The 2014 MasterCard Memorial Cup came to a close this evening. The final featured the heavily favoured Guelph Storm facing off against the Edmonton Oil Kings. NHL General Managers have invested their time, money and resources to identifying and developing these young men into professionals. There were lots of eyes on this game.
Going into this game it would have seemed as though Guelph was the deeper team. Long time NHLer Scott Walker is the Owner/Head Coach. He believes in rolling four lines, keeping all the guys involved and getting production from all spots in your line-up. Edmonton’s Head Coach is Derek Laxdal. Although his squad hasn’t been built quite as deep as Walkers – they have the fire power with the likes of Edgars Kulda, Reid Petryk, Kurtis Lazar, Griffin Reinhart, Henrik Samuelsson and Cody Corbett.
Although the game started as expected with Guelph lighting the lamp less than a minute into the game, the storyline was a roller coaster. Edmonton quickly tied the game, and then fell behind again 2 – 1. I was following Jets draft pick Scott Kosmachuk closely throughout the game. He had a very quiet game, although he did have his chances and was even involved in a couple of altercations.
The Oil Kings Assistant Captain, Cody Corbett did an interview in the second intermission – it was great. He mentioned, “Weathering the Storm.” I liked that line a lot. Oftentimes interviews in sports can become more of a cliché than a valid truth. I loved that line because I found it to be very applicable. That was exactly what the Oil Kings needed to do better in the second if they were to stay relevant in the game.
The second period was dominated by the Edmonton Oil Kings. As the period progressed it was evident that the Oil Kings came out fired up. Tying closely with Corbett’s quote, it was evident that the Oil Kings were having success against what was touted to be the deeper team. They weren’t being flashy, they were doing the little things right, and really focusing on diminishing Guelph’s opportunities, they can be so explosive offensively. Kulda really stood out, scoring a beautiful goal picking the top corner blocker side on Guelph’s goaltender, Justin Nichols. They scored a total of three in the period – taking a commanding 4 – 2 lead to start the third period.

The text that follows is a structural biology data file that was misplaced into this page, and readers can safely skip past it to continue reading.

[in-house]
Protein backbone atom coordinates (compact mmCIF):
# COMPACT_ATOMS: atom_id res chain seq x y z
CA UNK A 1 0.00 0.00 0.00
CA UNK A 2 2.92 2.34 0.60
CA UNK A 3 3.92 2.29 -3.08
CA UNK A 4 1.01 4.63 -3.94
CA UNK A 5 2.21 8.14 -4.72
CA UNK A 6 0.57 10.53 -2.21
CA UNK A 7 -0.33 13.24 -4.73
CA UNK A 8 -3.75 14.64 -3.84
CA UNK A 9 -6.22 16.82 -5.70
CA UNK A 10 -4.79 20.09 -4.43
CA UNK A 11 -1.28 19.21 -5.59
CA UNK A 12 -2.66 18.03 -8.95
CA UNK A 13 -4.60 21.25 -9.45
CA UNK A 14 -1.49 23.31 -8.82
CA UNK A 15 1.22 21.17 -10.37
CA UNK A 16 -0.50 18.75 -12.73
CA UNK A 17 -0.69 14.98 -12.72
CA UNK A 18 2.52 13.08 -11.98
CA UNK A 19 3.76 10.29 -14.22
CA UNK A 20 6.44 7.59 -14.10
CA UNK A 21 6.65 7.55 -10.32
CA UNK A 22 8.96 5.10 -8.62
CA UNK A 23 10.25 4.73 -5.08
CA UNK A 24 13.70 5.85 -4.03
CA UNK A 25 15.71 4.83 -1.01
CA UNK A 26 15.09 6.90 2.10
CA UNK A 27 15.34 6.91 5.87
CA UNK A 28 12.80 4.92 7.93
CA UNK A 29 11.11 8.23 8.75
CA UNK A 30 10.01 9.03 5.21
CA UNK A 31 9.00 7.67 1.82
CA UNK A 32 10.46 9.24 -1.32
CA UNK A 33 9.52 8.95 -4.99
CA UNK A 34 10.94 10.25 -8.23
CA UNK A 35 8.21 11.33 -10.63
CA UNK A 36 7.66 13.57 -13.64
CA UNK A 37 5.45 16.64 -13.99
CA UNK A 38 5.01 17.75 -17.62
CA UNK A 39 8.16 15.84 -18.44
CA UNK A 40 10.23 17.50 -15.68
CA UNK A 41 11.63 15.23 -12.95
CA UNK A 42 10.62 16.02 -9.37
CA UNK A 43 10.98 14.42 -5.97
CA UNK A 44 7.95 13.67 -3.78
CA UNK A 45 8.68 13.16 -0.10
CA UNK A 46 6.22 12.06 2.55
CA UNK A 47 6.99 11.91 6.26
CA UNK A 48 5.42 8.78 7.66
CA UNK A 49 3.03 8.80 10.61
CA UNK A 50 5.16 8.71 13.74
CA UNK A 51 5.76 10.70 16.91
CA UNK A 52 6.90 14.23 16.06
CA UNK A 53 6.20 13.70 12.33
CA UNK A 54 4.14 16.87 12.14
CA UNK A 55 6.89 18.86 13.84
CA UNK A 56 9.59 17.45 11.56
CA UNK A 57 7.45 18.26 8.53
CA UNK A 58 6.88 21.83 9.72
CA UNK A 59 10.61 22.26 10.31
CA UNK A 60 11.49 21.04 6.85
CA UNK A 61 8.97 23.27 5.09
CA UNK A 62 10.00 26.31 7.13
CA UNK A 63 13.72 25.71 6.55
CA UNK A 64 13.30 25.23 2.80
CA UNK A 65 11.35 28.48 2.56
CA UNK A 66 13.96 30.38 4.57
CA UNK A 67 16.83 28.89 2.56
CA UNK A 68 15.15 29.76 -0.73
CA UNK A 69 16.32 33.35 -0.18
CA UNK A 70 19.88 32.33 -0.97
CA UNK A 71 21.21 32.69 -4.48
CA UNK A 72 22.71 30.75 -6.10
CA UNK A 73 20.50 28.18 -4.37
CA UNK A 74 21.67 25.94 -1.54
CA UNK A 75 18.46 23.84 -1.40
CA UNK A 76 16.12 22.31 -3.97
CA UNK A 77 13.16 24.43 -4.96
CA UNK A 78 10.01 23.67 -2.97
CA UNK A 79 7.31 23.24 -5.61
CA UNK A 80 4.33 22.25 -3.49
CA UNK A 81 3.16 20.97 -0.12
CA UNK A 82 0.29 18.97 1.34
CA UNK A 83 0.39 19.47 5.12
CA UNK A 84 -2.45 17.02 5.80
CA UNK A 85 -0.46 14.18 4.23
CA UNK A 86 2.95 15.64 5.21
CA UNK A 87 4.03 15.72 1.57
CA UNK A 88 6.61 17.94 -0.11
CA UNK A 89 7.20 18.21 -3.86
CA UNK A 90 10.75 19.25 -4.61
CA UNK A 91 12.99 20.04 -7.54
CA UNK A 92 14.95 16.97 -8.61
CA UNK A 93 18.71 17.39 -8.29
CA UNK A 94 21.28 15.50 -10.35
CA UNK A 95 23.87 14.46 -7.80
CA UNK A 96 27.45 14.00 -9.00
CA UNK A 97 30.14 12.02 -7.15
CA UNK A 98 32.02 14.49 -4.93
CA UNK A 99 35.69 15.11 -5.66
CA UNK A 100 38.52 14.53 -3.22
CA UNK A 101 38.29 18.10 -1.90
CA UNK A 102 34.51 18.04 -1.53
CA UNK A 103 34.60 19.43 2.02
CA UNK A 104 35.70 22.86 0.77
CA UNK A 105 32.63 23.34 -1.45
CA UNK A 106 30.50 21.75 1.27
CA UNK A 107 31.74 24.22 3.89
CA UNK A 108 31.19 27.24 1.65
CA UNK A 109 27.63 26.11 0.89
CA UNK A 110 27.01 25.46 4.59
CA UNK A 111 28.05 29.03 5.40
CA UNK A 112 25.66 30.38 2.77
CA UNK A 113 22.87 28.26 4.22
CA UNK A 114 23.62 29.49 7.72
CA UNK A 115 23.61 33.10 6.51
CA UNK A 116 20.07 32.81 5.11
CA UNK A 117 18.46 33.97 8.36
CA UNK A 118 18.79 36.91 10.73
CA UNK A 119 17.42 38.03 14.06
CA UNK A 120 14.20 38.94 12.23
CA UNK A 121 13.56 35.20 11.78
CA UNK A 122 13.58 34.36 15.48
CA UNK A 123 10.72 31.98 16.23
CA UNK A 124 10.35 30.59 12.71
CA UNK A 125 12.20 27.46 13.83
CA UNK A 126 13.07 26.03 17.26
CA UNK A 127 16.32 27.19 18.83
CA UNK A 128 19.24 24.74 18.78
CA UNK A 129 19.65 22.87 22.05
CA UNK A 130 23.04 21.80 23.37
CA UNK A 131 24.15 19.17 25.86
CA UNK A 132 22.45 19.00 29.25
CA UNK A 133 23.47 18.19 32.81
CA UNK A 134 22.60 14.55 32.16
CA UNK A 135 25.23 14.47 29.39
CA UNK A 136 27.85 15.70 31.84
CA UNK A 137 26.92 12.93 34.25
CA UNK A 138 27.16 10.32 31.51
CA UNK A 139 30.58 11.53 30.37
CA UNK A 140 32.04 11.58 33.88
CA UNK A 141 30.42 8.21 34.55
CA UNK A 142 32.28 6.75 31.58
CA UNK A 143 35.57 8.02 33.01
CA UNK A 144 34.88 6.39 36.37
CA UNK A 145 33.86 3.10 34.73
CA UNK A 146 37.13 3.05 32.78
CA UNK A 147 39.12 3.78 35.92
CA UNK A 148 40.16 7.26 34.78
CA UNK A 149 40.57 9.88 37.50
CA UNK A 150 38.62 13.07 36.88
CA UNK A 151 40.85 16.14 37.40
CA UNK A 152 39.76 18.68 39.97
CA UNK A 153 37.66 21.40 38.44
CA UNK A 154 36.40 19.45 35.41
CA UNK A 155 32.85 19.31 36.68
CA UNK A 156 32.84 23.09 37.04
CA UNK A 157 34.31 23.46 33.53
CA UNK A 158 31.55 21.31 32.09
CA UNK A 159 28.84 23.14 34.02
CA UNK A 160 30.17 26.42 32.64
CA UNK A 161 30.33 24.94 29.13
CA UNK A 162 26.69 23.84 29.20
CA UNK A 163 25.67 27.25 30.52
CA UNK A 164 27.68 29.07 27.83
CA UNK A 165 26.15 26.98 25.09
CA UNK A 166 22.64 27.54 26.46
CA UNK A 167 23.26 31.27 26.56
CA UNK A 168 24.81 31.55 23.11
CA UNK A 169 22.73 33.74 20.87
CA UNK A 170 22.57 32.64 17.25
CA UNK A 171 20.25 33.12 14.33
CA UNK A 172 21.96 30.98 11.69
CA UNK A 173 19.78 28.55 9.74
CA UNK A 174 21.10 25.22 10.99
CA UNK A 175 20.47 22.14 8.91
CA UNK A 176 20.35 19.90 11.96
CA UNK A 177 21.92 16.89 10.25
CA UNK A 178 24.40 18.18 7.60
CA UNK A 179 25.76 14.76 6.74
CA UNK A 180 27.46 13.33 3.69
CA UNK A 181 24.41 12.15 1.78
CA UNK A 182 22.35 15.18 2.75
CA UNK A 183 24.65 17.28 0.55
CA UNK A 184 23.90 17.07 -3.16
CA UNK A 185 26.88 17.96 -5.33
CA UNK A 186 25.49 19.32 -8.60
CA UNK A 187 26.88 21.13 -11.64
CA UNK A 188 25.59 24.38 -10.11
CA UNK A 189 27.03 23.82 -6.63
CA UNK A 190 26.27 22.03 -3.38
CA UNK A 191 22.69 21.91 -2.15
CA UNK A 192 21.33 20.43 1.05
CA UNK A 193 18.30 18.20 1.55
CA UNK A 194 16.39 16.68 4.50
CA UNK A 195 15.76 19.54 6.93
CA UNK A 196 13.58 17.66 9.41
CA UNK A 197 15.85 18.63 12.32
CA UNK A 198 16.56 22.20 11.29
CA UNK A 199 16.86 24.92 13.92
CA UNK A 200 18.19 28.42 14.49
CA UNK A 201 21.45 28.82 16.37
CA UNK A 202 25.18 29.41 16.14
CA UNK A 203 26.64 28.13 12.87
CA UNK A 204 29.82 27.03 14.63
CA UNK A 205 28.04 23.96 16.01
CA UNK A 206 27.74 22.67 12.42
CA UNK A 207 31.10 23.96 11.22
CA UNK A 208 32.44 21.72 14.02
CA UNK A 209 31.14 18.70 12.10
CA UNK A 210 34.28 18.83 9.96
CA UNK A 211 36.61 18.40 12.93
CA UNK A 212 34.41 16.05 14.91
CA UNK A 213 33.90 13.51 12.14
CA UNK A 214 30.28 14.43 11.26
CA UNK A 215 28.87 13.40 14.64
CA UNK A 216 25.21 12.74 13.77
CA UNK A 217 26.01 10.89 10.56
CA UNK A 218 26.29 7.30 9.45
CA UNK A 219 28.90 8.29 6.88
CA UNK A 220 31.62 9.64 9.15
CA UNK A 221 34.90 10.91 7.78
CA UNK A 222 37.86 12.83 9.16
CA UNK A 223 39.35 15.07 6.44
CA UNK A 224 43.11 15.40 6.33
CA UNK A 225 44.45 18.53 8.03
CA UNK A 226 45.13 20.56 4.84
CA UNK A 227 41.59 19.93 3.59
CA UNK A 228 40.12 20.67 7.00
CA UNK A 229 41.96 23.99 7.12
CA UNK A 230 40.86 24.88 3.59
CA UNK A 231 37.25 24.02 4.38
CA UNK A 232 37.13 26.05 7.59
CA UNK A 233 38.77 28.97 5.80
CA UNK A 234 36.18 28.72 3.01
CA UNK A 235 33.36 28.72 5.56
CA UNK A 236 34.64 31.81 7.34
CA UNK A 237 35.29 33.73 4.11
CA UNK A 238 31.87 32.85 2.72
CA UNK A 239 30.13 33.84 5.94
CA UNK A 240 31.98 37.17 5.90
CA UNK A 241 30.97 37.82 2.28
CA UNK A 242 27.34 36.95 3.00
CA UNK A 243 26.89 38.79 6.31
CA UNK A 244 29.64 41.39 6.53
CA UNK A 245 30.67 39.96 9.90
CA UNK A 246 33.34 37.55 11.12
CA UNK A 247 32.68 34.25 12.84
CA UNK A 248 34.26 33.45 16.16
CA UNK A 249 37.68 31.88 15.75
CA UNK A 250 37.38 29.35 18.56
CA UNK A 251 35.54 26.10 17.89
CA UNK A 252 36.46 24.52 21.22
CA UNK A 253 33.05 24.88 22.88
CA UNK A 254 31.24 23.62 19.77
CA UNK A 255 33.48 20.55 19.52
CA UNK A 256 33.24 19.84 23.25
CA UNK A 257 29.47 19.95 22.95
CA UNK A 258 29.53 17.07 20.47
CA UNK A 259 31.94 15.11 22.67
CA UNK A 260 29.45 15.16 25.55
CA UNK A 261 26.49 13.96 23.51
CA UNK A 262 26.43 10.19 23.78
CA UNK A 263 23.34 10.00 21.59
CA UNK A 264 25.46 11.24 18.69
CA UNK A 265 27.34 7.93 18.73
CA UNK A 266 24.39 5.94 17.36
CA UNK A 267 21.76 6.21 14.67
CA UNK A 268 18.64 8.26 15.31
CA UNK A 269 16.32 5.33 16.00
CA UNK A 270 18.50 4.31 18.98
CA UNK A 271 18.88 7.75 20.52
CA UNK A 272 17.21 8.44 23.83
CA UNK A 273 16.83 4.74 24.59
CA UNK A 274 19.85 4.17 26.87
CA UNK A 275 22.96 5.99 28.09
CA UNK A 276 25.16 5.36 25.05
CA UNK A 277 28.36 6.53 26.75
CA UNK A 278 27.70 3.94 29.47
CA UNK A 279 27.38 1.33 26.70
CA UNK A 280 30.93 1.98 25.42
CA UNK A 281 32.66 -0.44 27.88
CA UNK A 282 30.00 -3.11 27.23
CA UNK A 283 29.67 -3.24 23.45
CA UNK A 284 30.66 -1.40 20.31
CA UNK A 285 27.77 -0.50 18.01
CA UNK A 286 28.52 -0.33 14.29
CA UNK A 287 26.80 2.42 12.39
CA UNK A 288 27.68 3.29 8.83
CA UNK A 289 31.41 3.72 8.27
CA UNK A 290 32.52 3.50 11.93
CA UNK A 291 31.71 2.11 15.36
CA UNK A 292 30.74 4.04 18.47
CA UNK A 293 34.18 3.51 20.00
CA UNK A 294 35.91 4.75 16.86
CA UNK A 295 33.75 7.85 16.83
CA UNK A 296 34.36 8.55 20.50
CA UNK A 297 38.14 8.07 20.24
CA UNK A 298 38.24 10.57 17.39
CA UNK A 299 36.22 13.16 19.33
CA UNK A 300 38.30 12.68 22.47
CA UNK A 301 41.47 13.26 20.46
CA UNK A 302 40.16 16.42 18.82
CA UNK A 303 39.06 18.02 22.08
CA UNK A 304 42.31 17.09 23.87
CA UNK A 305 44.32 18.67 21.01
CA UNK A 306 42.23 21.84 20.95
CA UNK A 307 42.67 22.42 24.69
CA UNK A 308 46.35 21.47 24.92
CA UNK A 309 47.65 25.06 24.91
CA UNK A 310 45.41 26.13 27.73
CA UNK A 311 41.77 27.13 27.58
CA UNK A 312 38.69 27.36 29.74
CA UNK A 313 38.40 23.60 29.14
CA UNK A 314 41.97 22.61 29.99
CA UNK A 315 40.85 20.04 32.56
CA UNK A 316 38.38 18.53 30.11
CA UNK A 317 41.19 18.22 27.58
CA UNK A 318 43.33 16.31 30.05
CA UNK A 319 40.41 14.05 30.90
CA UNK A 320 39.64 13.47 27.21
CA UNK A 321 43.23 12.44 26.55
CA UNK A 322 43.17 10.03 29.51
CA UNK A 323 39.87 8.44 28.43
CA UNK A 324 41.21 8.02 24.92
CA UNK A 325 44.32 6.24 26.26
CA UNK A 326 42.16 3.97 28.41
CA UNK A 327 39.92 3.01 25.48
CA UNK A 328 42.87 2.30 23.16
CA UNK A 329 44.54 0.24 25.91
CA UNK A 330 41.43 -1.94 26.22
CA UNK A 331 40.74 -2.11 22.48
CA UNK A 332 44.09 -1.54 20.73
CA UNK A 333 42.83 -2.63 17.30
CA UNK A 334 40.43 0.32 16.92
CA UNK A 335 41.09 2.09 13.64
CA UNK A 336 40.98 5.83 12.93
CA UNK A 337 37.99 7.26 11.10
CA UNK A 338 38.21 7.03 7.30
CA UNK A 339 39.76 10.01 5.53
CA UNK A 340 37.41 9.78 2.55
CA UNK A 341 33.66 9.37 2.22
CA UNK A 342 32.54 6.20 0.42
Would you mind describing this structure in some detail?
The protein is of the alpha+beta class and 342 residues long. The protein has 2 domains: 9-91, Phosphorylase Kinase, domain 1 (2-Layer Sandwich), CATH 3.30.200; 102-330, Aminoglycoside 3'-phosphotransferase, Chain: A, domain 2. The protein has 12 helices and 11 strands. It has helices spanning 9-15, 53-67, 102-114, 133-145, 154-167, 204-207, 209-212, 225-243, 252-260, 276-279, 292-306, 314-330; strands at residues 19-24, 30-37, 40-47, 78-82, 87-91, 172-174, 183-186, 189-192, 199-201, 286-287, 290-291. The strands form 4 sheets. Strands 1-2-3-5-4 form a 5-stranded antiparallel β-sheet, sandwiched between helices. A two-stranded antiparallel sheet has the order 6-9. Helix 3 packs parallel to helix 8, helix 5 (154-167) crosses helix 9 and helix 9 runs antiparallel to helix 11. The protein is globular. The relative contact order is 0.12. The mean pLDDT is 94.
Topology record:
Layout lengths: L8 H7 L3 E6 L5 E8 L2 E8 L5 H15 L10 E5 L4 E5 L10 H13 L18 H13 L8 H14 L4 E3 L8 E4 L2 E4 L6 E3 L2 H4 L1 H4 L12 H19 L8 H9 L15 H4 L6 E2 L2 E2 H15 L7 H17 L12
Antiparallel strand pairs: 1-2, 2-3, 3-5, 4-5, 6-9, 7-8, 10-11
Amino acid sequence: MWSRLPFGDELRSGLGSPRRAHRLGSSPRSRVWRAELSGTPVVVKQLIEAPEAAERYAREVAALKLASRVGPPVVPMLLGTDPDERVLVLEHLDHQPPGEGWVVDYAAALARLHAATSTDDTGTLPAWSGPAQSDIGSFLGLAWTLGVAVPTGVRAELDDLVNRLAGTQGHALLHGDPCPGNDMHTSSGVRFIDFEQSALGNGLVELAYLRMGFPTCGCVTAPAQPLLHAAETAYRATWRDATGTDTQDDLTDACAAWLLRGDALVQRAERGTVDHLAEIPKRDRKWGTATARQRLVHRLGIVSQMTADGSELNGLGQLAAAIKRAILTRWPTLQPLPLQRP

Very early in the third Guelph was able to put one home. Zack Mitchell caught Edmonton Goalie Tristan Jarry cheating on a potential wrap around, the puck popped out on the side Jarry did not expect and Mitchell had the goal. You could see the energy being rejuvenated on the Guelph bench.
It was short lived however, when Edgars Kulda (who never ceases to impress) made a beautiful cross ice feed to Henrik Samuelsson. The two goal lead was restored. With the score at 5 – 3, the Storm pulled their goalie in hopes of getting two. A mad scramble ensued, it ended with Kosmachuk having his hands in the air hoping to sell it to the ref, to no avail. Shortly after, Samuelsson picked one of the Guelph Defenceman’s pockets and buried into the empty cage. The game would end 6 – 3.
Regardless of the storyline heading into this game, the better team won on this day. It was an emotional victory, playing for one of their fallen comrades. Kristians Pelss passed away earlier this year in a tragic incident in which details still remain unclear. Edmonton played for him tonight, and the game had a bitter sweet ending – one that to me, seems to make sense. But it’s important to acknowledge the efforts of both squads and all that goes into enduring the long season, and this tournament. This is no easy feat.
It’s true that typically no one remembers the loser of any final. I think it’s important to emphasize that these young men are still people. It was a hard fought tournament, every player played his heart out. The look of agony and defeat in these young men’s eyes was tragic.
As a Jets fan it was disappointing to see our pick (Kosmachuk) struggle, and ultimately lose. But he did have a good tournament. In one game he scored a hat-trick, he finished with 5 points in 4 games – and maybe most importantly was rated at a +3. He’s a talented young man, and he has a bright future ahead.
Congratulations are in order to the Edmonton Oil Kings – who have won their first Memorial Cup since 1966. It is one of the most difficult trophy’s to win in all of sports, not just hockey. The road to Memorial Cup is long and strenuous. These Oil Kings will forever be etched into the history books. Well done!